Undocumented immigrants in medical school near graduation

A wave of undocumented immigrants in medical school are nearing graduation and hoping for residencies in top schools. But could the government prohibit them from becoming full-fledged physicians?

A recent article in STAT explored the issue.

In 2012, President Barack Obama passed the Deferred Action for Childhood Arrivals — or DACA — which gave certain undocumented students the right to obtain two-year work permits. But DACA may not always be around — it could be terminated before President Obama's tenure is up or after a new president is elected.

Through DACA and President Obama's initiatives, medical schools were allowed to accept undocumented immigrants. There are currently 61 out of the accredited 145 medical schools — including Maywood, Ill.-based Stritch School of Medicine at Loyola University Chicago and the David Geffen School of Medicine at the University of California–Los Angeles — that accept DACA students.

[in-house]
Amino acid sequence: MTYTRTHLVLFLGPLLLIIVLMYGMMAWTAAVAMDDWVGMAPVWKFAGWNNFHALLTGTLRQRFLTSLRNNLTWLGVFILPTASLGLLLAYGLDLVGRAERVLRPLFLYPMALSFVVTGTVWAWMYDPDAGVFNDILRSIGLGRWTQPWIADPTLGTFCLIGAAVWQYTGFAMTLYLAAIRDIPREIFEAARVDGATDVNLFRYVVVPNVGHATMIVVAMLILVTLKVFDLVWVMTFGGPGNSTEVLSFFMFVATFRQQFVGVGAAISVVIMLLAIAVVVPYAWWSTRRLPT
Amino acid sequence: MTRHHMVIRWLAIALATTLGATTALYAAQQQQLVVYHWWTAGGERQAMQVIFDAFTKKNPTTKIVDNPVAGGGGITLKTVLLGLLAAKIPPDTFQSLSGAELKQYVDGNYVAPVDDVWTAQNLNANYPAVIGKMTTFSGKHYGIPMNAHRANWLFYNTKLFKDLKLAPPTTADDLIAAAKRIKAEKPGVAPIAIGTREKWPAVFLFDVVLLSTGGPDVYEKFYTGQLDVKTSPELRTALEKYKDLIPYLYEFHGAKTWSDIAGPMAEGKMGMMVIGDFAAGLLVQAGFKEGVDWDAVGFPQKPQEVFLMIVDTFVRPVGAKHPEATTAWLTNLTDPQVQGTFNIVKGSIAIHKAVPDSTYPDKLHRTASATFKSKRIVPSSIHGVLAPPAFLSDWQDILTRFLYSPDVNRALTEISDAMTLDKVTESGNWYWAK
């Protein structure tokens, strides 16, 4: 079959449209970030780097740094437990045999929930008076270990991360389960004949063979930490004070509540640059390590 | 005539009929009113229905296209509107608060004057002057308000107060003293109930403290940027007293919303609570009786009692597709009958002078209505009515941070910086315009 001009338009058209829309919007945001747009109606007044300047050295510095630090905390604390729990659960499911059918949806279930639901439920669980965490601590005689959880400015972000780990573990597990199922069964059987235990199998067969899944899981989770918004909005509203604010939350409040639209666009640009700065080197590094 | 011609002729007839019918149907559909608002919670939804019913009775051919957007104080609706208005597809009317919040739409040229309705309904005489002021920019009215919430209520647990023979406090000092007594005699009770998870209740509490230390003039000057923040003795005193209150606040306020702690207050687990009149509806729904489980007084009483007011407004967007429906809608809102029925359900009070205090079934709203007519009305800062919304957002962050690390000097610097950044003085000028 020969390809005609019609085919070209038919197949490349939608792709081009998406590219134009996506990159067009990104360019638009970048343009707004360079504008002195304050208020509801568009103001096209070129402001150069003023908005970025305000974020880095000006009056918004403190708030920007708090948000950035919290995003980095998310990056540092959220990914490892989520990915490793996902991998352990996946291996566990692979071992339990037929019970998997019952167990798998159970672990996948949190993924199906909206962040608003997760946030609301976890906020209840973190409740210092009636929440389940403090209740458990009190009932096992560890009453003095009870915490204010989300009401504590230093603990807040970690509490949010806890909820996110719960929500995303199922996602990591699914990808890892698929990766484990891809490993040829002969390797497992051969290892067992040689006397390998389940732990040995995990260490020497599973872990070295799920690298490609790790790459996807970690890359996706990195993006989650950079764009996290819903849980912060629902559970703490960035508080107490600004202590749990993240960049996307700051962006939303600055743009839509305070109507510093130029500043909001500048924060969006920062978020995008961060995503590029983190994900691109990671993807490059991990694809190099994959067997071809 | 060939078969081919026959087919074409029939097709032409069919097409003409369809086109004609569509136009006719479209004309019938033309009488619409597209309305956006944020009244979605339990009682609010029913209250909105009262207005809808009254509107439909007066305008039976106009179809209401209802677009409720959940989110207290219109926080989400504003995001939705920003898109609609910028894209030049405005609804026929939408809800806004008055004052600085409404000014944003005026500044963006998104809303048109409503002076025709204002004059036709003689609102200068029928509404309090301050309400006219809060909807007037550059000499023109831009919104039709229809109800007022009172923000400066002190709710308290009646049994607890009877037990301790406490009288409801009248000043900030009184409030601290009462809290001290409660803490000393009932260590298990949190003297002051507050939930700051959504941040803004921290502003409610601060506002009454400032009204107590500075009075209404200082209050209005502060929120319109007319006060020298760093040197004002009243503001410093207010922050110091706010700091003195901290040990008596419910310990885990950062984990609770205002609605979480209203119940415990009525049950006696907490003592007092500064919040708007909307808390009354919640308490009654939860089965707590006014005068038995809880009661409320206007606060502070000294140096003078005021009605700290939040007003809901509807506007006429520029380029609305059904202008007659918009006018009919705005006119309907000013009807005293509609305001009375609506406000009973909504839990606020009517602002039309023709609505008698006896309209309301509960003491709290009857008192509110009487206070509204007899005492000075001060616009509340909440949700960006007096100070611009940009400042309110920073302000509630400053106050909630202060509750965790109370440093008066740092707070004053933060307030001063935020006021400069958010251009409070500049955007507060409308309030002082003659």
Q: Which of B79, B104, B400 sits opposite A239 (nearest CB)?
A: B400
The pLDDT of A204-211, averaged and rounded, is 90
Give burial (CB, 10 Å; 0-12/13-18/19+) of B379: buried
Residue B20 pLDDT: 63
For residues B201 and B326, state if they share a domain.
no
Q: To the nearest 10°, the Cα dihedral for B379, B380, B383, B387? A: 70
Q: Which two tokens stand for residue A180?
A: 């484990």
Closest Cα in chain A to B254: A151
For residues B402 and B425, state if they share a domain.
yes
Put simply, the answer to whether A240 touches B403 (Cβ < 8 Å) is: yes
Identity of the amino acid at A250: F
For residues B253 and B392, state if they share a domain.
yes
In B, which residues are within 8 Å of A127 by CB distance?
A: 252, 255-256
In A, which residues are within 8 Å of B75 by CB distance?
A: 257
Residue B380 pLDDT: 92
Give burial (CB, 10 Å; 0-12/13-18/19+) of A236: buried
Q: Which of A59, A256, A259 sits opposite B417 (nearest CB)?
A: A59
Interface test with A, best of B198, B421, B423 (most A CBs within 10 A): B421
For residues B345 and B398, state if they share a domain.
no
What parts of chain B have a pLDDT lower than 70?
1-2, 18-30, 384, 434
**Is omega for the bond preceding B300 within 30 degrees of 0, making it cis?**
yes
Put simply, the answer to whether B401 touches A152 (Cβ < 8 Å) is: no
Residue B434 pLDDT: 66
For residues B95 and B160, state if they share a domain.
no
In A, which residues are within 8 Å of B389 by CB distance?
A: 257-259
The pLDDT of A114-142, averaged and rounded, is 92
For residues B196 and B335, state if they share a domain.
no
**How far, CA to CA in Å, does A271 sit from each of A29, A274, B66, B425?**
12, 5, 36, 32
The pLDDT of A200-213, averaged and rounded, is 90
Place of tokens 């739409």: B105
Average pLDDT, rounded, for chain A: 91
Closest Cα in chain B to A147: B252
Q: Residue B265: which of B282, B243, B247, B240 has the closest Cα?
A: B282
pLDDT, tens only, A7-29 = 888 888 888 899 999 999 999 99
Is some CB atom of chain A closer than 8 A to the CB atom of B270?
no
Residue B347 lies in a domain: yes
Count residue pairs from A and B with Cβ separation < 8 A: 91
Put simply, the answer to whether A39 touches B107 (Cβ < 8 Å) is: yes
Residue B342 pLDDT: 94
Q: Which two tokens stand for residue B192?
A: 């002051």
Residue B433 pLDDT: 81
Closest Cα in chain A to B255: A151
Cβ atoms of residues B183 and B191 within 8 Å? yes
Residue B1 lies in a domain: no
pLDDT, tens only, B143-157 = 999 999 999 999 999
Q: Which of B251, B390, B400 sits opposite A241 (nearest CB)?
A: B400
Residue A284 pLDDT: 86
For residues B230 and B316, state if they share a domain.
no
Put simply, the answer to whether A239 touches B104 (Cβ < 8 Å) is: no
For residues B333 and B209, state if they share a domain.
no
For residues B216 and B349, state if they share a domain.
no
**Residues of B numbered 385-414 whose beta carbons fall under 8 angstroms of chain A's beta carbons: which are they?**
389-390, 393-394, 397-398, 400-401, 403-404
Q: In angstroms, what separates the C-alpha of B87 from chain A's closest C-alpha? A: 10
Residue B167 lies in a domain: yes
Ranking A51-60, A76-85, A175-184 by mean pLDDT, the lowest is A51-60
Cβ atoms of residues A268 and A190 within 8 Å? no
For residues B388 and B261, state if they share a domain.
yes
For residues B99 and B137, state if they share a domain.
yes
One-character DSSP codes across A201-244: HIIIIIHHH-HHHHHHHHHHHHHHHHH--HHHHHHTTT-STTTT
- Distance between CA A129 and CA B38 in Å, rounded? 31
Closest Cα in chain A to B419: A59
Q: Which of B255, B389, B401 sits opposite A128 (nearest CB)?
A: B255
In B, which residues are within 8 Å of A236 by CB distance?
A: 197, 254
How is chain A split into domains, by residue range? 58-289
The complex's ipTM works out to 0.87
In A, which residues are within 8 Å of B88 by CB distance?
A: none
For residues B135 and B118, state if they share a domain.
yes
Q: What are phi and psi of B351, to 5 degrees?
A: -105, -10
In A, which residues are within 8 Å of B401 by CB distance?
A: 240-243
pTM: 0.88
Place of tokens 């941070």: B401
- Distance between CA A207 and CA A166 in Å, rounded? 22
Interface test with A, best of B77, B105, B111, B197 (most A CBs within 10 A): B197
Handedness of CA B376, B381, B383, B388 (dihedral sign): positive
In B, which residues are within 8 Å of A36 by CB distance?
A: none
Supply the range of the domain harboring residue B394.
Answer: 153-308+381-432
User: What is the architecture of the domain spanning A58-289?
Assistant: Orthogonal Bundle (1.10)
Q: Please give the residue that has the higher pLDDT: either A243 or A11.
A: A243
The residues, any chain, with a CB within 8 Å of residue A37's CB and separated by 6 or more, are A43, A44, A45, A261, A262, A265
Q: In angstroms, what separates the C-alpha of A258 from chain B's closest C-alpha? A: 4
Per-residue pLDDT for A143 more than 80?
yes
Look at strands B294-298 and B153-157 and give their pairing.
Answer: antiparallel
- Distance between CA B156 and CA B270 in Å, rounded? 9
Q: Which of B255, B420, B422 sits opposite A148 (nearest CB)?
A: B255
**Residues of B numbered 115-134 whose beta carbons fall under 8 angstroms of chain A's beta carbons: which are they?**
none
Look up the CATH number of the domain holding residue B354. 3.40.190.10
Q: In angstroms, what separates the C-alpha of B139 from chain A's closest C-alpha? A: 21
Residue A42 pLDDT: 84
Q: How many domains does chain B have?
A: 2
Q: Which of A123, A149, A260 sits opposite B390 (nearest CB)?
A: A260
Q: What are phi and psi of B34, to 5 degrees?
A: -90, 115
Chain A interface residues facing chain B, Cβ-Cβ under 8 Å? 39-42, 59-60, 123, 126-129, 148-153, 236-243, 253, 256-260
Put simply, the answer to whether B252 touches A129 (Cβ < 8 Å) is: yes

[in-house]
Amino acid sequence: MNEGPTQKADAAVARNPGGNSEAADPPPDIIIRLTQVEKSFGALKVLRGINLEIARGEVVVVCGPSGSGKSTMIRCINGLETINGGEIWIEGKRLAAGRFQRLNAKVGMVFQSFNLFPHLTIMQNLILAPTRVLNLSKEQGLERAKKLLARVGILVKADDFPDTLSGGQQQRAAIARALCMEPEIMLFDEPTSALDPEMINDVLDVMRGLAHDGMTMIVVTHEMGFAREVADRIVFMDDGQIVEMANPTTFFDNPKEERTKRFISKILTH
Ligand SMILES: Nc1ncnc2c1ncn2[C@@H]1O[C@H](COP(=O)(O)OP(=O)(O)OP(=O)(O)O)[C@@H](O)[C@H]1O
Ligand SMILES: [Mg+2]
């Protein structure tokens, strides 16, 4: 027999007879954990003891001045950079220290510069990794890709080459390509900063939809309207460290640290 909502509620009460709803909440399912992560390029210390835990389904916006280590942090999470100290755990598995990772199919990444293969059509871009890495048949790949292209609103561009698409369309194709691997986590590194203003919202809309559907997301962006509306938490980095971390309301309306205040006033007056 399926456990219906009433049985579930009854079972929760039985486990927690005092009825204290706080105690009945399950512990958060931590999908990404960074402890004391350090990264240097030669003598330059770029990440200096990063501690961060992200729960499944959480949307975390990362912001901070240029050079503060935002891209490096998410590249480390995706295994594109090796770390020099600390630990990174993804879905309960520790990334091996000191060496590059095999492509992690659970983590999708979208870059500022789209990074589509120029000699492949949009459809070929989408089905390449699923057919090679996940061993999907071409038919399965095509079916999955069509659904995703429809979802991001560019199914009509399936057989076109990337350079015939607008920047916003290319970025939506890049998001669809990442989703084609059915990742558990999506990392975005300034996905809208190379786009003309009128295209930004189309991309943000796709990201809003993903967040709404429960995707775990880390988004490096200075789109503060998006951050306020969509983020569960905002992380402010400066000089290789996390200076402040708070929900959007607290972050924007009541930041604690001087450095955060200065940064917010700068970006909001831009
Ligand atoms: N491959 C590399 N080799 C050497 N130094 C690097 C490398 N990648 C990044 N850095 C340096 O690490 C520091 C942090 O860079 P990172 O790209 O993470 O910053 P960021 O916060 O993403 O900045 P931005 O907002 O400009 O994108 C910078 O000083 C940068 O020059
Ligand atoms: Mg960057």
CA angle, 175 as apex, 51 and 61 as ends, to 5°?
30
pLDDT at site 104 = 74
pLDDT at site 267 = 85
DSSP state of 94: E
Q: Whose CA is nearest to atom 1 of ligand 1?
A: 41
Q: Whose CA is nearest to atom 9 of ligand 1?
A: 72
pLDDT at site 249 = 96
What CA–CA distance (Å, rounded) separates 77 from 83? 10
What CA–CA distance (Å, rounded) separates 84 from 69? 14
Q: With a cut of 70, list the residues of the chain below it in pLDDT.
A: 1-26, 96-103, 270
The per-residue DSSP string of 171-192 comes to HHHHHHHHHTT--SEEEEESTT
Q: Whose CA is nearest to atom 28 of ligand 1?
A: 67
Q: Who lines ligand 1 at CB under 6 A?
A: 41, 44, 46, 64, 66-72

Through DACA, medical students aren't eligible for financial aid. But the Association of American Medical Colleges gives students financial assistance during the application process. In addition, the AAMC trains medical schools and residency programs involved in DACA. "We felt that it was absolutely the right thing to do to increase diversity," said Geoff Young, AAMC's senior director of student affairs and programs, according to the report.

Other recently enacted policies have also helped DACA students. In February, the Veterans Health Administration started giving residency students the opportunity to train in its clinics and hospitals.

Still, DACA's termination could put an end to such successes. Next month, the U.S. Supreme Court is set to hear a case that hopes to stop President Obama from expanding DACA. And after November, the newly elected president could overrule DACA.

More articles on integration and physician issues:
Physician diversity lags before med school begins: 7 things to know
CEP America partners with providers in California: 3 things to know
MEDNAX adds anesthesiology practice in Georgia: 3 things to know

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